We rationalize that LGBTQ people should come out, especially famous people, so that the public will become less homophobic through exposure. This makes it the responsibility of LGBTQ people to solve homophobia and transphobia while ignoring the steep price we may pay by coming out. It rests on the pretense that there hasn’t been an increase in violence against out, Black LGBTQ people since 2012, as though joblessness and on the job discrimination has not affected us disproportionately.
White queers, who statistically face less discrimination and violence than their Black counterparts, are largely complicit in this by raising their voices and issues above ours. But the bigger culprit? Straight allies and our complicity with their meager support. It isn’t enough to not murder us. Tolerance grants us near nothing. We need loud and enthusiastic allies who listen and amplify our voices. Amari Hill’s murder, Britney Cosby’s murder deserves the same response we had to Trayvon’s. We need more or we aren’t going to make it. It isn’t being closeted that hurts, it’s the reasons we sometimes choose to be. The pretense that we create our own closets out of cowardice ignores the reality of Black LGBTQ people, it ignores how we’re overrepresented in instances of LGBTQ hate crimes.
When coming out puts us at an economic disadvantage and in danger, it isn’t our responsibility alone to challenge society. It is the responsibility for cis- and heterosexual people to step up. We call coming out “bravery” with little analysis or discussion of exactly why that is, and in doing so we create a cultural expectation that puts so many people in dangerous, harmful situations. So often those of us who are out and safe, forget the dangers others face. We villianize and further ostracize those who are closeted as though it isn’t a painful decision made with intimate knowledge of one’s own circumstances.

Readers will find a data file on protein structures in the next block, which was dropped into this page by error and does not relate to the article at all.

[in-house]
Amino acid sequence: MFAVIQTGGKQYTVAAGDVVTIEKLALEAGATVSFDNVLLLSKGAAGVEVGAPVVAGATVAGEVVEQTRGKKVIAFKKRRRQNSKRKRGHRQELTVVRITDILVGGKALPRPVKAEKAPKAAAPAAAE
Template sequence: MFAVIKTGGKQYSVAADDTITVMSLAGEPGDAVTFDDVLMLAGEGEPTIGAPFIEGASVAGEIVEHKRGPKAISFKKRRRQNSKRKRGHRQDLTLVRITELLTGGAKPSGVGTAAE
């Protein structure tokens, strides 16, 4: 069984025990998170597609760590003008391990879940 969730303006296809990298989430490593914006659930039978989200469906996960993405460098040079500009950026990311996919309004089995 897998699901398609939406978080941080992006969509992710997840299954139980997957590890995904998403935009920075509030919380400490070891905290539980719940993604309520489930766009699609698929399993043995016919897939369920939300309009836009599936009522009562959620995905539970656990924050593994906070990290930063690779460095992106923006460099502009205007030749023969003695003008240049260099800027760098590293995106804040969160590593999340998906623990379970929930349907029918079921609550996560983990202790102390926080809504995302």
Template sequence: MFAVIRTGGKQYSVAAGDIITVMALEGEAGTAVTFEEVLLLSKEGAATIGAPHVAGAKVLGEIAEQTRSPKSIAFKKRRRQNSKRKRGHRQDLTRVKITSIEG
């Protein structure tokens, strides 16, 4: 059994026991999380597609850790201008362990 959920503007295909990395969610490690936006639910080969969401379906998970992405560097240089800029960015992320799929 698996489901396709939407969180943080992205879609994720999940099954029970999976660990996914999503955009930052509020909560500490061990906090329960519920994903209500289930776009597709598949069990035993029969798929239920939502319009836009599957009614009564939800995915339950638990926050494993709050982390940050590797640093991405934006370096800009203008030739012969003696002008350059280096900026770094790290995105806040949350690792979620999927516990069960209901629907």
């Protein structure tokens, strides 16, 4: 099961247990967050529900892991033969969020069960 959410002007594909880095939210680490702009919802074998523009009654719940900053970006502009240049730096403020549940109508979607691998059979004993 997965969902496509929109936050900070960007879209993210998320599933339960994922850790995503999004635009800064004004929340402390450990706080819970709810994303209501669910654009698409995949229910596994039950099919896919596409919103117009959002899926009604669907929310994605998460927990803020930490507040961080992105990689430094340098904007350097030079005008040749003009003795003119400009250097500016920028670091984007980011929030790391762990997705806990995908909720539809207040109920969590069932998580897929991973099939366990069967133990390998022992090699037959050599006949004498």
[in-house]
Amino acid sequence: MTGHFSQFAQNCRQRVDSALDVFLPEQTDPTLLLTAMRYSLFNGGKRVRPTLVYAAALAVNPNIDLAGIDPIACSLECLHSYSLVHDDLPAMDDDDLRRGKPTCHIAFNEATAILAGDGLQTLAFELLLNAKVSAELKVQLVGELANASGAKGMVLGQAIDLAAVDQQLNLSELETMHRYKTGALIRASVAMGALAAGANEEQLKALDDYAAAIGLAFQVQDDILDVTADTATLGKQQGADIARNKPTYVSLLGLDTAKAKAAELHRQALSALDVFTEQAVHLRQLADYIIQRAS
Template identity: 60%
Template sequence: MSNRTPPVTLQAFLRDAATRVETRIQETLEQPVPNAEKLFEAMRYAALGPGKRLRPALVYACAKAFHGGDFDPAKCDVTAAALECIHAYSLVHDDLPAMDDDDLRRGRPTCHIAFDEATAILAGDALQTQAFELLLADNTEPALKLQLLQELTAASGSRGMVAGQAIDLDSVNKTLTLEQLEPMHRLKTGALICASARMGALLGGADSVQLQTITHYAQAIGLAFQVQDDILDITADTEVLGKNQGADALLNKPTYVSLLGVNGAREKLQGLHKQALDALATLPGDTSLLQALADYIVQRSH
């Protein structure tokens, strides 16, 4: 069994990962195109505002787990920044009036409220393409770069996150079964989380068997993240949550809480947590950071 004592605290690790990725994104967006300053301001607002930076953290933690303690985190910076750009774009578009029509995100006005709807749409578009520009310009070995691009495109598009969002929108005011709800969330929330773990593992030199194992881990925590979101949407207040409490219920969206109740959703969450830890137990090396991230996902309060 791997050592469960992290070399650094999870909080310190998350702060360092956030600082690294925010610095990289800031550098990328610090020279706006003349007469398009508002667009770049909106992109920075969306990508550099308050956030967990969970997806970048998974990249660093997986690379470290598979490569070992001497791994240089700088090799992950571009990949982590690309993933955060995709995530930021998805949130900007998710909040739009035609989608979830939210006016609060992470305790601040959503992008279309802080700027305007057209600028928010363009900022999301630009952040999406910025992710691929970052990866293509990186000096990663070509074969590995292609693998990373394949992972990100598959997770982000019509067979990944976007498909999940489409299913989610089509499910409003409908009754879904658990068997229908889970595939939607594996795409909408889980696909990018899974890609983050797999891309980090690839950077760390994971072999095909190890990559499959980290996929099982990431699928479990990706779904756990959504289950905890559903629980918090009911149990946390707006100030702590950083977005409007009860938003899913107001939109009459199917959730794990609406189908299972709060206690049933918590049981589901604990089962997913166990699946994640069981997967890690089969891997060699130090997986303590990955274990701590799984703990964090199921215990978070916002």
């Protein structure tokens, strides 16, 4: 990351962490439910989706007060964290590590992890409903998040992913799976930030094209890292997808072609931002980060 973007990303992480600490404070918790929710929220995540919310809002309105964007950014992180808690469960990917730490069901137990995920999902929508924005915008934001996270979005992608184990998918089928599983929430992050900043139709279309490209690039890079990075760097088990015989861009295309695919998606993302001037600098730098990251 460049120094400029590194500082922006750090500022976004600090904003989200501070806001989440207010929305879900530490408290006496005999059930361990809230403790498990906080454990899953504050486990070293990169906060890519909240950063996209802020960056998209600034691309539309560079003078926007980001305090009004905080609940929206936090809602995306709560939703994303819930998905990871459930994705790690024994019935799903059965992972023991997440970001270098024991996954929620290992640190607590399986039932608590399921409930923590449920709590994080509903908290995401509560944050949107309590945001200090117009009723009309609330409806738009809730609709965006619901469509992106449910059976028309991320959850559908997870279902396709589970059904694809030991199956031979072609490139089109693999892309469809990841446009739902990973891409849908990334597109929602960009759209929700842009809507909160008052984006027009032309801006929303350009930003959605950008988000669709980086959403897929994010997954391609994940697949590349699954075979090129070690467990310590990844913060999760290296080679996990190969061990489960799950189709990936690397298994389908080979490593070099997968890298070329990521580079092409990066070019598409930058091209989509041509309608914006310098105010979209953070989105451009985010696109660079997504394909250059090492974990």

So this is a call to arms. For out LGBTQ members and allies, celebrating our “coming out” isn’t enough. Your congratulations for “living my life bravely” didn’t help me pack my bags when I had to leave my parent’s home. It hasn’t housed me when I faced homelessness for loving and losing that love. We need more. We need you to challenge the structures that make living our authentic lives an act of bravery. Show up. Show up for more than marriage equality. Use your voice to be heard in spaces we cannot be. Call out your pastors. Challenge traditions. Do more than celebrate our coming outs and remarking on the tragedy of our deaths. There are moments in between. There is homelessness. There are laws that give businesses the right to deny us service. It isn’t just about us being cowards. It’s about us knowing we still aren’t safe. Before asking us to be brave, allies should require that bravery of themselves. And LGBTQ people need to demand it of them. To my allies: challenge your thought process, challenge your family members, consider your own privilege. Do the work. Show up. Show up before funerals, before we’re out on the street.
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Lesli-Ann Lewis is a small, queer and brown invader of homogeneous spaces. Fancying herself a burgeoning writer, she’s now blogging about her life and art atfireinfreetown.com . She can also be found on Twitter, all too often: @lesellele.